The plane lurches groundward at a 60-degree angle, reaching 145 mph and leveling out a story or two above the ground. Below it lies the Renderbrook Spade Ranch, a cattle operation in Mitchell County near Abilene. The pilot hits a switch in the cockpit, releasing a steady spray of thousands of pounds of the herbicide Sendero onto the mesquite trees below. The plane veers east, gaining altitude before diving for another attack. It’s nearly nightfall before the siege is done.
Sendero is marketed as “The New Standard in Mesquite Control,” a popular choice because of its ability to ravage leaves and infect the roots. But a little more than a week after the July 2015 incident, David Stubblefield, a neighboring cotton farmer, was faced with the death of 2,000 acres’ worth of his crop.
“We couldn’t figure out what the heck it was,” said Stubblefield, a lifelong cotton farmer. “And then I’m just sitting here wondering, ‘Am I going to have anything left?’”
In talking to neighbors, he soon found out he wasn’t the only farmer who had suffered major crop losses. Six Mitchell County farmers eventually filed complaints with TDA claiming pesticide drift in connection with the July incident. Three weeks later, as state investigators were scheduling initial interviews with those farmers, a similar mesquite assault was carried out at Rocker b Ranch in nearby Reagan County. Soon, the farmers whose fields border the ranch watched as their cotton plants’ leaves blistered and the bolls shriveled. Eight people filed complaints with TDA in that case. Lauderdale Aerial Spraying, a firm based in Caldwell, was eventually fined $600 for the incident.
“We got hit bad,” said LaShae Braden, who owns a 1,000-acre cotton farm near Rocker b Ranch. “We didn’t get much cotton out of the field, and what we did get rated lower and brought lower prices. It’s been really hard on the family.”
A few months later, the Mitchell and Reagan County farmers would take matters into their own hands, joining as plaintiffs in two lawsuits to sue Helena Chemical Company, a farm chemical industry giant that regularly finds itself on the wrong side of state regulators.
According to the lawsuits, owners of the ranches hired Helena to coordinate a pesticide airstrike on the mesquite. Helena in turn hired Lauderdale to do the work. The lawsuits claim that Helena’s chemical drifts resulted in human exposure, crop loss and water and soil contamination. Together, they allege $10 million in damages. Both cases are pending.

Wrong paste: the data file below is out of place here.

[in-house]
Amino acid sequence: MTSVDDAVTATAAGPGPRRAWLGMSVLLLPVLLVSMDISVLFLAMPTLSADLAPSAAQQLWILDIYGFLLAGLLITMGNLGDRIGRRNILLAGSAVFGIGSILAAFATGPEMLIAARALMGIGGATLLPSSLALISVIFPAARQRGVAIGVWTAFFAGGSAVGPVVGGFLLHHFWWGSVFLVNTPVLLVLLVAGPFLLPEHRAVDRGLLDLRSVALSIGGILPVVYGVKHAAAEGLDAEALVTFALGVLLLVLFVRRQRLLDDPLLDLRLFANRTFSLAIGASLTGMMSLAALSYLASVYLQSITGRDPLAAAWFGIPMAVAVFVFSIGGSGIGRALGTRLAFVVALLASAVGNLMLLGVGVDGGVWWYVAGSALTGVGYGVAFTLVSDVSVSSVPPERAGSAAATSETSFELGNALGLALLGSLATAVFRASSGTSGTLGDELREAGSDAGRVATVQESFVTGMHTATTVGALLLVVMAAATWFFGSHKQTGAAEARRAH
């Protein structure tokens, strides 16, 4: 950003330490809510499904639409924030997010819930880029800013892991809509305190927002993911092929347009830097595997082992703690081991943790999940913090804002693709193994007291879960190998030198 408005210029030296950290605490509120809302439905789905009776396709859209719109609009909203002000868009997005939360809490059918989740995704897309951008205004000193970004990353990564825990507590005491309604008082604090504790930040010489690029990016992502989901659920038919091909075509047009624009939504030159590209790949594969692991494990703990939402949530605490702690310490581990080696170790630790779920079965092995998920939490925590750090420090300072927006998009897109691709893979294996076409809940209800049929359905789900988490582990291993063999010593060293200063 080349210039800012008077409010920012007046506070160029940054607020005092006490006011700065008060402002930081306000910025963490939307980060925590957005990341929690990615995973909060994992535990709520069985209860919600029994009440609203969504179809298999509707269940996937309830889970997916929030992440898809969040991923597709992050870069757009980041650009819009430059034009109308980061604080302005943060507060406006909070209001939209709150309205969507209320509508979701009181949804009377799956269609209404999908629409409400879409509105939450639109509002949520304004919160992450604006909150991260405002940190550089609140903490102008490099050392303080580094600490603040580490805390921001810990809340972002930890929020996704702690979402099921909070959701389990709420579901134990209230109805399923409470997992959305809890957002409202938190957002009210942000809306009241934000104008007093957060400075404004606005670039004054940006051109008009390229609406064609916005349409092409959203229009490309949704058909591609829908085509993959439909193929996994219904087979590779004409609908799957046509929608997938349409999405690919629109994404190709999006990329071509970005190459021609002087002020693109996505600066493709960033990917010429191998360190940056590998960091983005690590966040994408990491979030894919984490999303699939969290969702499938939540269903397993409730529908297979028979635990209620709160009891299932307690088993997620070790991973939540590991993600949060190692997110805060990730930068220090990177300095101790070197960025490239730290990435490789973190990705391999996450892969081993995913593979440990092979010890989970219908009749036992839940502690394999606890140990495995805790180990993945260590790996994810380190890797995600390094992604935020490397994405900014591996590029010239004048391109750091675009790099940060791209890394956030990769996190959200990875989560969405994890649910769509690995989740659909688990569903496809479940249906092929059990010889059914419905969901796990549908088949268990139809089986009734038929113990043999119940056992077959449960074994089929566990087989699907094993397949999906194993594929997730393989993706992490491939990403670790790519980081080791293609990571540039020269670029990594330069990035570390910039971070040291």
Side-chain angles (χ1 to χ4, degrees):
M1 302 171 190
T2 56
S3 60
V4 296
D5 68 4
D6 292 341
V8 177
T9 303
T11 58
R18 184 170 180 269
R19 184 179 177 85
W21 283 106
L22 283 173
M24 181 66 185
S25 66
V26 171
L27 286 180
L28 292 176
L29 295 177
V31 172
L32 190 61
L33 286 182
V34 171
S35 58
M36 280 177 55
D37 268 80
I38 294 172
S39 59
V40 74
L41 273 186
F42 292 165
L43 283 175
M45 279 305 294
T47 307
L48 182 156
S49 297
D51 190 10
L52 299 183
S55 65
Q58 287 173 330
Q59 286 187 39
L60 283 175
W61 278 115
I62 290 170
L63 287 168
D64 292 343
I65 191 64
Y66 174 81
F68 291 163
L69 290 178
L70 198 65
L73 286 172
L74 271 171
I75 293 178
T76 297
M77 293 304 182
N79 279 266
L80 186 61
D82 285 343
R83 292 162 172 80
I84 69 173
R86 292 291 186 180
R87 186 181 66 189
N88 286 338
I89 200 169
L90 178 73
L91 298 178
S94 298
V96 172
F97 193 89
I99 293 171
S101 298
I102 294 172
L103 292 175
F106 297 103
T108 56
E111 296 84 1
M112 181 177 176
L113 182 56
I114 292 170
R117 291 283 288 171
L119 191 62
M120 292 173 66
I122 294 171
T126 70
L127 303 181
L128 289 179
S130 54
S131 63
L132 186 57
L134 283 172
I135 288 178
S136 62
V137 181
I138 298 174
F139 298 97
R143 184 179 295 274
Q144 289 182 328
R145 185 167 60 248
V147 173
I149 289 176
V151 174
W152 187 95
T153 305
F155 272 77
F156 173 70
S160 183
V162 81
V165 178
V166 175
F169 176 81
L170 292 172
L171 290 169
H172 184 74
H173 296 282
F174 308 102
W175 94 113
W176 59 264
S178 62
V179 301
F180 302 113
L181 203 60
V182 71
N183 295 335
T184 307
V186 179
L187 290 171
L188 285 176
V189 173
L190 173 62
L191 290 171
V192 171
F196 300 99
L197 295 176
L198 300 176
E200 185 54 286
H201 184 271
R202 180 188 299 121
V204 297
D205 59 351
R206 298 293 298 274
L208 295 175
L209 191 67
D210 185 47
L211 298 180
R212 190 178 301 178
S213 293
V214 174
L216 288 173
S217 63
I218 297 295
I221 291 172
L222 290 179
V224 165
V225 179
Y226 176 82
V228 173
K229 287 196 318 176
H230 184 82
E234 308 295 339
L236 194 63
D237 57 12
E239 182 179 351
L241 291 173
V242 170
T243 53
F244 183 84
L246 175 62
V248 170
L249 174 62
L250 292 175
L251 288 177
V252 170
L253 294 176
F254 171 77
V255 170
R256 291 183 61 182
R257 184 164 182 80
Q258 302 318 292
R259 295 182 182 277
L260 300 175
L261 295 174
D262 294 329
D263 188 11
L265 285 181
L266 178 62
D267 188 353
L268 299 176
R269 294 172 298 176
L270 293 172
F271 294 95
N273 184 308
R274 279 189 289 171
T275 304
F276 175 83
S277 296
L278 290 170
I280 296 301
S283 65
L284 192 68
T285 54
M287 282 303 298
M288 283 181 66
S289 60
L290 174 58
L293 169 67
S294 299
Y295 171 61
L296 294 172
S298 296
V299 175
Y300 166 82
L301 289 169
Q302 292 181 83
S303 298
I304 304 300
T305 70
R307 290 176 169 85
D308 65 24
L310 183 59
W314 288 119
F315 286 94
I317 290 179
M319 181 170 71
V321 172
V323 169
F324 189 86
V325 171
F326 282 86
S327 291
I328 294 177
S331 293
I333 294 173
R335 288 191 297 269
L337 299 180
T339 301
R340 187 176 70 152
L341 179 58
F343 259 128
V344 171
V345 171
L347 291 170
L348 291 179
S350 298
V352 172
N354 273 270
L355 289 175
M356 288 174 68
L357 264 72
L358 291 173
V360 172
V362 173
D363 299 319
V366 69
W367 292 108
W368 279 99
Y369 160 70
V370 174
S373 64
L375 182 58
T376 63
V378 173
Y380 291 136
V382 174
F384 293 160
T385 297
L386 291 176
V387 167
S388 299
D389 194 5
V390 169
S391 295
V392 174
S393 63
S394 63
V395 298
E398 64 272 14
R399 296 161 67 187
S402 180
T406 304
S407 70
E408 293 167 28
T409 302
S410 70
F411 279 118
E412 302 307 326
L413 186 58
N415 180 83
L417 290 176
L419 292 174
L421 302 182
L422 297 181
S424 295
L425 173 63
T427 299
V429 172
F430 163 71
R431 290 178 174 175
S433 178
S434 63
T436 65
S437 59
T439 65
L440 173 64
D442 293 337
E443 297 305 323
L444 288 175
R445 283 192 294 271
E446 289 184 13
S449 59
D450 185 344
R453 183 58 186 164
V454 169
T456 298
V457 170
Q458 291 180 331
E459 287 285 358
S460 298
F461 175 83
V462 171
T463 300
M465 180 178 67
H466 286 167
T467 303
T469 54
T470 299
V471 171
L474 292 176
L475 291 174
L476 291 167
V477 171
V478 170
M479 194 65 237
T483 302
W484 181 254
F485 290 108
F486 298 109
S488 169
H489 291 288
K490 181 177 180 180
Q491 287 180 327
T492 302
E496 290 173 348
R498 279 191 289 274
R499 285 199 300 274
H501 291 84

Helena and Lauderdale should be familiar to TDA investigators. In 2013, a Seguin woman reported to the agency that Lauderdale sprayed poison on cornfields close to her home. She told the agency she was concerned about her health. That same year, a woman in Covington reported that the company sprayed her property, killing trees and her vegetable garden and making her dog so sick it required veterinary care.
In 2013, rancher and conservationist Gary Price alleged that Lauderdale was responsible for drifting paraquat onto his ranch 70 miles south of Fort Worth, contaminating his herd of all-natural beef cattle so severely that the high-end supermarket he supplies refused to buy the cows. Price filed a lawsuit that was settled in 2015. Though it wasn’t listed as a defendant in the case, Helena was named in the complaint as the entity that prepared the chemicals for Lauderdale’s application.
Helena has run afoul of state regulators at least seven times since 2013, documents show. Among other infractions, the company has been cited for selling restricted pesticides to unlicensed people; violating a TDA order to stop distribution of prometryne, a weed killer; and overseeing a paraquat application that exposed six agricultural workers. In the paraquat incident, Helena directed a crop dusting company to spray a field where Monsanto employees were conducting nematode field trials, according to a TDA violation notice. The workers told an agency investigator that the plane made four passes over the field; two workers said the poison touched their skin. And while TDA did levy fines (grand total: $5,920) against the company in those seven cases, the penalties don’t appear to have deterred Helena.